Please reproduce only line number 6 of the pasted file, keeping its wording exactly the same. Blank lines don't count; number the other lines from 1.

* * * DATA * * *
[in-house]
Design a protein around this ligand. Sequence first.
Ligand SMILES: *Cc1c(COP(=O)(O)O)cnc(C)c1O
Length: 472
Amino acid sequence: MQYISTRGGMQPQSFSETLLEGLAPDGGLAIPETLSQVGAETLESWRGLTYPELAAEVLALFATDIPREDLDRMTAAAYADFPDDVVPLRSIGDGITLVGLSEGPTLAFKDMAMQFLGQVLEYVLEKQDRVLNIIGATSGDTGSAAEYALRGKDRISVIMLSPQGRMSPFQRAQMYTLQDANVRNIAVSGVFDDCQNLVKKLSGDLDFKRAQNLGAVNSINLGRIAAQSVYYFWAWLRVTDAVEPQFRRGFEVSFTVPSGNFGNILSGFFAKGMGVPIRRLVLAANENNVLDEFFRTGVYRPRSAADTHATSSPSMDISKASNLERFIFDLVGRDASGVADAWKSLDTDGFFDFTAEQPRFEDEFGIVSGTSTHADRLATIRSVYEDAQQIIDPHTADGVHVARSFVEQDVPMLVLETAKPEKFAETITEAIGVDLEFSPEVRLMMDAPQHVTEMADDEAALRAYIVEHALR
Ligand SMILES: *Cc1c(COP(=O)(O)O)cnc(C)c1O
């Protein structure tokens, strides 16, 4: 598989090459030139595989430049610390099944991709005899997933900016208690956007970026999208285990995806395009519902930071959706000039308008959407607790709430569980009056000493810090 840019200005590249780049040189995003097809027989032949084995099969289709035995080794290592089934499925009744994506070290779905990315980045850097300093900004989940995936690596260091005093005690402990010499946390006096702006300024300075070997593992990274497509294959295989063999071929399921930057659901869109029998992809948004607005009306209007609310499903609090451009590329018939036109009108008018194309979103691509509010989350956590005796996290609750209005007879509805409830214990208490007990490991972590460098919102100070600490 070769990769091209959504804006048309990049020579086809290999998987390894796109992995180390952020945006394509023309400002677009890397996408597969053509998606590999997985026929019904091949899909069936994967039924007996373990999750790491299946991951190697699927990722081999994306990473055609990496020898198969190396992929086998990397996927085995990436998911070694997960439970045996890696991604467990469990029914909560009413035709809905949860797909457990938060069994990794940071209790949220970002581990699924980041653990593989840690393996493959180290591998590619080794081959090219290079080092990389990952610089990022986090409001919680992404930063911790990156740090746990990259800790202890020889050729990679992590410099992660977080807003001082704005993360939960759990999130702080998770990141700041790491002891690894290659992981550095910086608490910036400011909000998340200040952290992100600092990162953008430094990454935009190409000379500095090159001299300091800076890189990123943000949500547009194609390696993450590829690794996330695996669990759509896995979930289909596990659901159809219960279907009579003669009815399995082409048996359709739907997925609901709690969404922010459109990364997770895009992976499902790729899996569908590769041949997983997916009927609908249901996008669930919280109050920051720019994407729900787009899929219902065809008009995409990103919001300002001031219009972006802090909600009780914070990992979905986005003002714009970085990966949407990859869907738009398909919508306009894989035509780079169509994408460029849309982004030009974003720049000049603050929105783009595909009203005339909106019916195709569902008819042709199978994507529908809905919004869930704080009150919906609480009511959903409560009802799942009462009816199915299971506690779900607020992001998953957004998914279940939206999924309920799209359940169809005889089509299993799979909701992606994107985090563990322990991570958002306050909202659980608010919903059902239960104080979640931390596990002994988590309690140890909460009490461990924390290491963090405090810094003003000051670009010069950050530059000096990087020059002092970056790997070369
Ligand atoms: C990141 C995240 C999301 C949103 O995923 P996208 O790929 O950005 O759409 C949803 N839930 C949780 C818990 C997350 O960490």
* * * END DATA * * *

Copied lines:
Ligand SMILES: *Cc1c(COP(=O)(O)O)cnc(C)c1O